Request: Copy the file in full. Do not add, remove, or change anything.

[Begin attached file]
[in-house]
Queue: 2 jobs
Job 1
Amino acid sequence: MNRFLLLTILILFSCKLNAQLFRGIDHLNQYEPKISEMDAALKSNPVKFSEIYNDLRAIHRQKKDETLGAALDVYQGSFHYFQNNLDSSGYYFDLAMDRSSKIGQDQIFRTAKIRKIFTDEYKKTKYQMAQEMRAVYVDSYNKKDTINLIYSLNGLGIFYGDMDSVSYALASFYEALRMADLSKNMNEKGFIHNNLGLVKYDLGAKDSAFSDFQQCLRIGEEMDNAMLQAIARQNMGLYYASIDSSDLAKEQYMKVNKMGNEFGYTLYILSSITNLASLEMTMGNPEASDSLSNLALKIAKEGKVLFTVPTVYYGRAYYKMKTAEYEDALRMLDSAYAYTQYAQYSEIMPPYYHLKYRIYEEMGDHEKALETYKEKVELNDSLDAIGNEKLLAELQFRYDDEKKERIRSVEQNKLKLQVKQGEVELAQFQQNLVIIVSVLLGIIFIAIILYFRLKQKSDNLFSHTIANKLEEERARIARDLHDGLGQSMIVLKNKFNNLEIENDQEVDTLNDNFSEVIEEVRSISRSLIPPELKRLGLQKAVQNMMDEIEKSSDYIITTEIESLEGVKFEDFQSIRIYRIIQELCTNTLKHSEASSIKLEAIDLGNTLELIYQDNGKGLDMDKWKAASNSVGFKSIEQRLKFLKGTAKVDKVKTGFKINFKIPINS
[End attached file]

[in-house]
Queue: 2 jobs
Job 1
Amino acid sequence: MNRFLLLTILILFSCKLNAQLFRGIDHLNQYEPKISEMDAALKSNPVKFSEIYNDLRAIHRQKKDETLGAALDVYQGSFHYFQNNLDSSGYYFDLAMDRSSKIGQDQIFRTAKIRKIFTDEYKKTKYQMAQEMRAVYVDSYNKKDTINLIYSLNGLGIFYGDMDSVSYALASFYEALRMADLSKNMNEKGFIHNNLGLVKYDLGAKDSAFSDFQQCLRIGEEMDNAMLQAIARQNMGLYYASIDSSDLAKEQYMKVNKMGNEFGYTLYILSSITNLASLEMTMGNPEASDSLSNLALKIAKEGKVLFTVPTVYYGRAYYKMKTAEYEDALRMLDSAYAYTQYAQYSEIMPPYYHLKYRIYEEMGDHEKALETYKEKVELNDSLDAIGNEKLLAELQFRYDDEKKERIRSVEQNKLKLQVKQGEVELAQFQQNLVIIVSVLLGIIFIAIILYFRLKQKSDNLFSHTIANKLEEERARIARDLHDGLGQSMIVLKNKFNNLEIENDQEVDTLNDNFSEVIEEVRSISRSLIPPELKRLGLQKAVQNMMDEIEKSSDYIITTEIESLEGVKFEDFQSIRIYRIIQELCTNTLKHSEASSIKLEAIDLGNTLELIYQDNGKGLDMDKWKAASNSVGFKSIEQRLKFLKGTAKVDKVKTGFKINFKIPINS